If they know EVERY time they do [whatever], there us a predictable consequence, they will adjust their behavior. If they get a cookie at lunch no matter how they behave, and spankings only happen when moms last straw is reached (which could be anything from playing with matches to laughing too loud during mommies program), the kid has no reference to adjust to.

  24. Kids misbehaving? just another very small straw. On top of all the rest of the redwood-sized straws that are breaking the back of the Republic.

    “What in the world has happened to this country?”

    (That’s a rhetorical question, given we pretty much know what’s happened, and why; we can pretty much predict the outcomes, but can’t do anything to change things.)

  25. Parochial school is available for parents who’d like to have the school not undermine them for eight hours a day.

  26. “Why do I always have to be the bad cop?”

    — No nun, ever.

  27. Kids misbehaving? just another very small straw

    Kids misbehaving is a full camel load of straw. Maybe more, considering you are a “kid’ until 26…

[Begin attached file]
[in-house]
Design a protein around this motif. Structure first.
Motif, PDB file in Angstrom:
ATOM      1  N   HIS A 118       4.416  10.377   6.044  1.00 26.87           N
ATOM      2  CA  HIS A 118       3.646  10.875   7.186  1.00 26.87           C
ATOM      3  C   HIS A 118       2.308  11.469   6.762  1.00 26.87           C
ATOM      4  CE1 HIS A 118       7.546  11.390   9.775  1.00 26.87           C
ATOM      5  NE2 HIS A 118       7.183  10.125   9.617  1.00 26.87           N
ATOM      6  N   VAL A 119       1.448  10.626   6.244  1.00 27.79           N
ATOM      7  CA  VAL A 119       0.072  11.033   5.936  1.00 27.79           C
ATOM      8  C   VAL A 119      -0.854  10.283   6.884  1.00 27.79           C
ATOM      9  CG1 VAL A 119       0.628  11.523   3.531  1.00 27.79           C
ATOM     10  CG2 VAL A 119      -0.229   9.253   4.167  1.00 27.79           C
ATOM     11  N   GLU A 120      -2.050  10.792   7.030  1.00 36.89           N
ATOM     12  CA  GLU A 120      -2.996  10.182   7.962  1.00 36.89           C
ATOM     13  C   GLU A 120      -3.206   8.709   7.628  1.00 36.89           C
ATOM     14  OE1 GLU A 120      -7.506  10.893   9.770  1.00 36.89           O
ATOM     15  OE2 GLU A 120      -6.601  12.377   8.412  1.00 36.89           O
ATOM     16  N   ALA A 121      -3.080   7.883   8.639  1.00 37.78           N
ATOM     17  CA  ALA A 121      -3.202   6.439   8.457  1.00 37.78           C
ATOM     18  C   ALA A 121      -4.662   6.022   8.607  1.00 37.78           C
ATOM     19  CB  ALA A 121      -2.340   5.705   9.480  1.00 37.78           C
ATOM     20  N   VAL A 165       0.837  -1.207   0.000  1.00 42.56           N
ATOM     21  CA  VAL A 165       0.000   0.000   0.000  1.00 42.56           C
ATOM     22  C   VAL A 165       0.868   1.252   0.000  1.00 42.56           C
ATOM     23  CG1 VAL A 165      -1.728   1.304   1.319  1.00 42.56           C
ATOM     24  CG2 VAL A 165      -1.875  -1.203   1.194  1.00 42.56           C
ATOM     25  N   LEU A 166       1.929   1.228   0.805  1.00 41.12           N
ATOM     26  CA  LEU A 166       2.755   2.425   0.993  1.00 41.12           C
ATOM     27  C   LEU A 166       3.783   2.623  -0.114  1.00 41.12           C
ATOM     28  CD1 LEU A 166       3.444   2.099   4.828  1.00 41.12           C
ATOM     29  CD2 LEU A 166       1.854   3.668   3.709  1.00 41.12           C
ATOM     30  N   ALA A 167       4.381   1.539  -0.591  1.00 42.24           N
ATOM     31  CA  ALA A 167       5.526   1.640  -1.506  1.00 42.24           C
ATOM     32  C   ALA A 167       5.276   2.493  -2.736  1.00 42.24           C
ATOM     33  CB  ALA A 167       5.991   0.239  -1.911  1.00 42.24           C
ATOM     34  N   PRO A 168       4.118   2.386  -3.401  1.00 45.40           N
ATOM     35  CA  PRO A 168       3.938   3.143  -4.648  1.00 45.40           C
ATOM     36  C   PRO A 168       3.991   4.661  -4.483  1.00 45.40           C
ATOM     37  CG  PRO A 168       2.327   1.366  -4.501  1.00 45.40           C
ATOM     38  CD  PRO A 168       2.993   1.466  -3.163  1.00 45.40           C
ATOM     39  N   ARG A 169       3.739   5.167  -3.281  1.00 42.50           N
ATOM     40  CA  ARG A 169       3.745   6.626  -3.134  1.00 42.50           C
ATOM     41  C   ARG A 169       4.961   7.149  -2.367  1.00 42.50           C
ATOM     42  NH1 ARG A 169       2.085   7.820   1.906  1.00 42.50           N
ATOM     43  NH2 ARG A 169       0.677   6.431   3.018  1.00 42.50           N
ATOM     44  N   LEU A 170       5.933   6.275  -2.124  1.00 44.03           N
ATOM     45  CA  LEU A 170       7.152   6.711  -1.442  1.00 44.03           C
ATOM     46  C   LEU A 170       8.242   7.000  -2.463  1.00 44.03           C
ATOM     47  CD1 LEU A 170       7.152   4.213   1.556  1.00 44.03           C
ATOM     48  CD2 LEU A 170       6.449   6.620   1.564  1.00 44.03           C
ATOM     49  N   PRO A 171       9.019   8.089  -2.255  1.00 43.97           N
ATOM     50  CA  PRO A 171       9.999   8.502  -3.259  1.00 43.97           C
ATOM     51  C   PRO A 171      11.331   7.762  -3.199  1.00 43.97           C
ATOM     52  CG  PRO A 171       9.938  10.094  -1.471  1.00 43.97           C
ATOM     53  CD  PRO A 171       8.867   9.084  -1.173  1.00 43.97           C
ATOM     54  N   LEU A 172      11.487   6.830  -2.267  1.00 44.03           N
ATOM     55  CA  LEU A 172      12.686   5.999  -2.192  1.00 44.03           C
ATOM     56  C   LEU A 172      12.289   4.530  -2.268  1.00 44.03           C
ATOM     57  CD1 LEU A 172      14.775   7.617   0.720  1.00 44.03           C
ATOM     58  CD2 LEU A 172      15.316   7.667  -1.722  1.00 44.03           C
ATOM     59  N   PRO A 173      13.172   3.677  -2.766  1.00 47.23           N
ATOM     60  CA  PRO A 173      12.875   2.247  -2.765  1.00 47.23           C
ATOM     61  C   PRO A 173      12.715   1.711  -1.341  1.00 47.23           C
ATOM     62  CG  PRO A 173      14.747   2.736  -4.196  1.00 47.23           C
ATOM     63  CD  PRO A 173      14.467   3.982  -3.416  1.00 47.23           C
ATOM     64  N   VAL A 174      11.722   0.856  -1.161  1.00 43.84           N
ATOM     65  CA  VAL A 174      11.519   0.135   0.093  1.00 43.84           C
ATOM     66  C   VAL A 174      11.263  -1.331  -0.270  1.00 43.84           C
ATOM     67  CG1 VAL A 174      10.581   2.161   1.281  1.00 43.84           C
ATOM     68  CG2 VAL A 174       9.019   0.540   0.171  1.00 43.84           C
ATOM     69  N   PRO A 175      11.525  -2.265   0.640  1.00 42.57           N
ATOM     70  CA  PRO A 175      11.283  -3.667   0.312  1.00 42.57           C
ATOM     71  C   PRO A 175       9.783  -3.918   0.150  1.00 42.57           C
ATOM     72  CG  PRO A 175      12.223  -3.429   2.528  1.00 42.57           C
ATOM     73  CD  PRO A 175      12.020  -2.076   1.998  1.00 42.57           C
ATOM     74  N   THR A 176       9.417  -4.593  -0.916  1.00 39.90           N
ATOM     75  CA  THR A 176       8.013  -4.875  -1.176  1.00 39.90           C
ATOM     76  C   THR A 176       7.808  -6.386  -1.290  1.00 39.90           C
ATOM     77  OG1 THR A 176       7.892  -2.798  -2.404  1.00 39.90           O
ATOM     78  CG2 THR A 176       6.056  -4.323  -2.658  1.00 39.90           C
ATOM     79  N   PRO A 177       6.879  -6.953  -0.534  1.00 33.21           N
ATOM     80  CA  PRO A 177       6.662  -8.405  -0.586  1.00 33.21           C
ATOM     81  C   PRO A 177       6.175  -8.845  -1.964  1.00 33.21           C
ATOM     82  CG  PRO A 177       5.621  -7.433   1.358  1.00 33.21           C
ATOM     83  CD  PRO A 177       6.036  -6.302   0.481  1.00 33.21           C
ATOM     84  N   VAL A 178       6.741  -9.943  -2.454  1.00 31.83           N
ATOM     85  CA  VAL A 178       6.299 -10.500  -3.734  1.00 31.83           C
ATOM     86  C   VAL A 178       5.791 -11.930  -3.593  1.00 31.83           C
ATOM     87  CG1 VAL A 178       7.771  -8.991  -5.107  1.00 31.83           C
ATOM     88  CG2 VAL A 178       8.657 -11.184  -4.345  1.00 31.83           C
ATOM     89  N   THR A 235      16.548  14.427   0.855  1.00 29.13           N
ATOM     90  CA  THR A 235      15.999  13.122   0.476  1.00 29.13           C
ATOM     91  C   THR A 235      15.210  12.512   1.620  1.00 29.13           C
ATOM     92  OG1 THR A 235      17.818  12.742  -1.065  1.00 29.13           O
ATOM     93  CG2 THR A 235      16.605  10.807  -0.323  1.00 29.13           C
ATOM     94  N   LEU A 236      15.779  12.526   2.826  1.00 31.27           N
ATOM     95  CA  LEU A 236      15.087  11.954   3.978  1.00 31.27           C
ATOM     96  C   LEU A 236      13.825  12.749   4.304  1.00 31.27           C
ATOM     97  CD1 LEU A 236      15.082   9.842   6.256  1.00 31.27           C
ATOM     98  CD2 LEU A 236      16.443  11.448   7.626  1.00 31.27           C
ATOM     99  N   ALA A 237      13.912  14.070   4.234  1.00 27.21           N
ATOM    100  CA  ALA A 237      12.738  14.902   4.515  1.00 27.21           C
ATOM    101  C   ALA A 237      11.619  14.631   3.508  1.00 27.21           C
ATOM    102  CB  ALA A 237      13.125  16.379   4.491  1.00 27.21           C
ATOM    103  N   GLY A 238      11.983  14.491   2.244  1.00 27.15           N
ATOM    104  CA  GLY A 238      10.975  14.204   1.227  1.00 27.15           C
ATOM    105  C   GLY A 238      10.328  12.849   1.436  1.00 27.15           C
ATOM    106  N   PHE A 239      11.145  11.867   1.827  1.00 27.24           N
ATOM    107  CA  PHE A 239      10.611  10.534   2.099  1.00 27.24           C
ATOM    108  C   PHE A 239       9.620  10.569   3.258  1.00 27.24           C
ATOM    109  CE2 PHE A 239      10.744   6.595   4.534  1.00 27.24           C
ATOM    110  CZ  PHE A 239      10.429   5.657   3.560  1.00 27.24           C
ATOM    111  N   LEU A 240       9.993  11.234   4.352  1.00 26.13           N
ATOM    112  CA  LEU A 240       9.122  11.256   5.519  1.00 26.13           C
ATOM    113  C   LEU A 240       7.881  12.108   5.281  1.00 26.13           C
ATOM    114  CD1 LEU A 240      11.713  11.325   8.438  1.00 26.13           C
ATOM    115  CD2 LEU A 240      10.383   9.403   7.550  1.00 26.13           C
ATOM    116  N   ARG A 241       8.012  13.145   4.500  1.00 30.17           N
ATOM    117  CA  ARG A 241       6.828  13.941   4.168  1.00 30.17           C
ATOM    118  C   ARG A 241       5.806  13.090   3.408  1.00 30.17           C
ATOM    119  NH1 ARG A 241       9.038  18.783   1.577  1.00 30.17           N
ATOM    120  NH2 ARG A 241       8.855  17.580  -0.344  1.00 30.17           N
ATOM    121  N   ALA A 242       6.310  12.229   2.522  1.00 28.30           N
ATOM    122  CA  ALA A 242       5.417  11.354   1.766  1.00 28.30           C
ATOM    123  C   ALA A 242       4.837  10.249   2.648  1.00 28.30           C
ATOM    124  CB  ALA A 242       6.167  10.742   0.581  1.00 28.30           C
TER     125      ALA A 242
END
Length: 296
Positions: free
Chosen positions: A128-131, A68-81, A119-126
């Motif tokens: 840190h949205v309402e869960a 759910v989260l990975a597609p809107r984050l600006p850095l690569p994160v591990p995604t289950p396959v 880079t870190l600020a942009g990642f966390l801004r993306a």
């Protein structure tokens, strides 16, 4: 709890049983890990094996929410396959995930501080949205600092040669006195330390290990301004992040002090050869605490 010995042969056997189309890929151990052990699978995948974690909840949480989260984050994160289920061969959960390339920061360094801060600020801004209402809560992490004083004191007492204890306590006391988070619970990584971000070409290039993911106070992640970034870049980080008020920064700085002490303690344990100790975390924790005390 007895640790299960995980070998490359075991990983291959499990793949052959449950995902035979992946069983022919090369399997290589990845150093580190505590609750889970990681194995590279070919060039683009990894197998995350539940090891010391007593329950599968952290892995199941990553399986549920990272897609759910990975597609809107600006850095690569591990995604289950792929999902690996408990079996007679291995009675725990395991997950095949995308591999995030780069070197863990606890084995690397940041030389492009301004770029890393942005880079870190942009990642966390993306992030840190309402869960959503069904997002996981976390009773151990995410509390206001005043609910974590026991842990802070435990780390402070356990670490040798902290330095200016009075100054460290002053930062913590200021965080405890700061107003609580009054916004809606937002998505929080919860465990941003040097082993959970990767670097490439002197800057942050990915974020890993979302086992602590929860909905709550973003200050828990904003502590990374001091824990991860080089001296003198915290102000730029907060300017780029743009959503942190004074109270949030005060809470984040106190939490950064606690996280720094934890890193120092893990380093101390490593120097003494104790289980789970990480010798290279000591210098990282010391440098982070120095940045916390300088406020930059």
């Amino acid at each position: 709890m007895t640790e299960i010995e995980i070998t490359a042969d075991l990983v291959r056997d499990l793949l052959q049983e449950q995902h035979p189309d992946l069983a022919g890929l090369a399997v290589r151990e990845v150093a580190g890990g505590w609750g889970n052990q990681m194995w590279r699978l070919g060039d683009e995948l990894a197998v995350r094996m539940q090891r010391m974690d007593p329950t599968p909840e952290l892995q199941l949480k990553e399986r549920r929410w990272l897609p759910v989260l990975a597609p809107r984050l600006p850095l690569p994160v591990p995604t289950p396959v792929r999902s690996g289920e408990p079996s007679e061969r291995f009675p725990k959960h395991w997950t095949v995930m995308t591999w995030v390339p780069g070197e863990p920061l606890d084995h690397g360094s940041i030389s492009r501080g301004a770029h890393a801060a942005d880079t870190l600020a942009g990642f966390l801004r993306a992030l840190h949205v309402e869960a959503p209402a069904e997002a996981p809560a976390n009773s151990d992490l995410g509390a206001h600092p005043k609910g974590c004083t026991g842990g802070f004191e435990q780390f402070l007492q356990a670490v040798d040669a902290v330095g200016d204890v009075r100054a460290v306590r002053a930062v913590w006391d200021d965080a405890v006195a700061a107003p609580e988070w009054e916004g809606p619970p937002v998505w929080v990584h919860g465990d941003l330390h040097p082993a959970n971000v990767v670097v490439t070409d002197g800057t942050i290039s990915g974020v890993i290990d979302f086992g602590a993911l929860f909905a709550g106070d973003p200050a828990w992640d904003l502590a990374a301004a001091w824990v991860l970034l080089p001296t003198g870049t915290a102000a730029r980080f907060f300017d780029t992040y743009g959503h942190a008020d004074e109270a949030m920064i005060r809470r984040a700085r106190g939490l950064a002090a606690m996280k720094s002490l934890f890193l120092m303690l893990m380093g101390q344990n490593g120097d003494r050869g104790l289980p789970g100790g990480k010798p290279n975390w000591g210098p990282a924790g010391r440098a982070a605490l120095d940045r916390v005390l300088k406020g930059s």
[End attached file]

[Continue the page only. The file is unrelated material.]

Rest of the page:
28. When my ma died and I found myself with a passel of feral siblings it wasn’t all that hard to get my point across.

    There was some pointing towards the door involved. It took about five seconds an outburst.

  29. Honestly though?

    I think lots of parents are just too lazy to do the work involved. Help with homework? Toss a ball around? A trip to the park?

    Easier to just let them stay up late or buy them something at the store when they whine.

  30. My parents used to complain about how strict I was with my kids, but on the other hand would compliment me on how well behaved my children were.


  31. I got that from all sides for awhile, Blake. My overriding desire for them to not turn into drug addicts and/or unemployable bums kept me on the path though.

    That’s the crazy thing. Seriously, is there anything meaner or less cool than letting kids slouch into loserdom? I mean, that seems pretty dickish to me.

  32. sometimes if nobody’s looking i eat asparagus with my fingers